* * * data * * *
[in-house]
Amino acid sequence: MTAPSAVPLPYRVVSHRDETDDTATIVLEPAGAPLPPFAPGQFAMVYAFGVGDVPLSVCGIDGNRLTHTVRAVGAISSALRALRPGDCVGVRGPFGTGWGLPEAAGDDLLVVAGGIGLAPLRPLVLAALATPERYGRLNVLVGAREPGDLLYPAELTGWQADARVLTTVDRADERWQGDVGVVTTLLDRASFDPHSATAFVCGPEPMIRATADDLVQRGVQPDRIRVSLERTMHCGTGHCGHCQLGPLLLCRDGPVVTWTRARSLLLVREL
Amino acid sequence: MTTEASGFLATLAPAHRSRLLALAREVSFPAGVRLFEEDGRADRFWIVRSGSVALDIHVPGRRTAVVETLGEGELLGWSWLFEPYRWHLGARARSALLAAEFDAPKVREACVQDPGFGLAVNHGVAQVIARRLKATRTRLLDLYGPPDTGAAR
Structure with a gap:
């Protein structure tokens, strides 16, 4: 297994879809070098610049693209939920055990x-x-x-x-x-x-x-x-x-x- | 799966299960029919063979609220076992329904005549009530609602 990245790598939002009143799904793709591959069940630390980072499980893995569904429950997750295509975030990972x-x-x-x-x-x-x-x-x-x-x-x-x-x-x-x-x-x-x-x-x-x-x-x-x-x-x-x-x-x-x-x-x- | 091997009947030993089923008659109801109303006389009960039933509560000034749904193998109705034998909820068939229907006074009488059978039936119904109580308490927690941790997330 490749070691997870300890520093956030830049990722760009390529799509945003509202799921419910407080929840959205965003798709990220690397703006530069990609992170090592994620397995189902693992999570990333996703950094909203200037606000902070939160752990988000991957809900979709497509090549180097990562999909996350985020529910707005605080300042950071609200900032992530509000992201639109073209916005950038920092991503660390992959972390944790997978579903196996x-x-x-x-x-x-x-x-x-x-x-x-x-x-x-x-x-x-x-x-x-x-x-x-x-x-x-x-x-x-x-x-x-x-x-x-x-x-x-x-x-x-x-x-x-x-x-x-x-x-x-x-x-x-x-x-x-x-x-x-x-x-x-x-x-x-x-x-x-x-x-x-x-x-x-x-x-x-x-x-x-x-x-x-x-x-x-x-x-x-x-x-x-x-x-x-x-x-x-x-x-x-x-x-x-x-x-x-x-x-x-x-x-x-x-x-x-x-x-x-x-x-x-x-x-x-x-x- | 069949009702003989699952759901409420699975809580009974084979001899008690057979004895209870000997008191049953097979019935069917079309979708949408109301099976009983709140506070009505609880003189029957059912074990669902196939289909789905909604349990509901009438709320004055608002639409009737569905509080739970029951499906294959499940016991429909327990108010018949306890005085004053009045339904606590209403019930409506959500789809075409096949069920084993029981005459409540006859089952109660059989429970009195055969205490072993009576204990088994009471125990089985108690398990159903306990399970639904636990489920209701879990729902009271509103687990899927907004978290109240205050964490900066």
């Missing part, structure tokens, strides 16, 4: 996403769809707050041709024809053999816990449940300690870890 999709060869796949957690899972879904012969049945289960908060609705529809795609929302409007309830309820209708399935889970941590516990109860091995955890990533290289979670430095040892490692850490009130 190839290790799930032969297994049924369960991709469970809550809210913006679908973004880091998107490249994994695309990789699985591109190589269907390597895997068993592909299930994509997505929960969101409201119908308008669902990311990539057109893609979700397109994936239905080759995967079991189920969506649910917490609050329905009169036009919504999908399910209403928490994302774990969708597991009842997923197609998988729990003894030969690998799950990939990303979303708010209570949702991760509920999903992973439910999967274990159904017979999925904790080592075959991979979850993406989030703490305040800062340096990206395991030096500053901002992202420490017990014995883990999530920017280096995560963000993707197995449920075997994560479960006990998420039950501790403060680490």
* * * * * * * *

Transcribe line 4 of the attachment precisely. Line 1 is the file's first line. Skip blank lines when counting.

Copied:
Structure with a gap: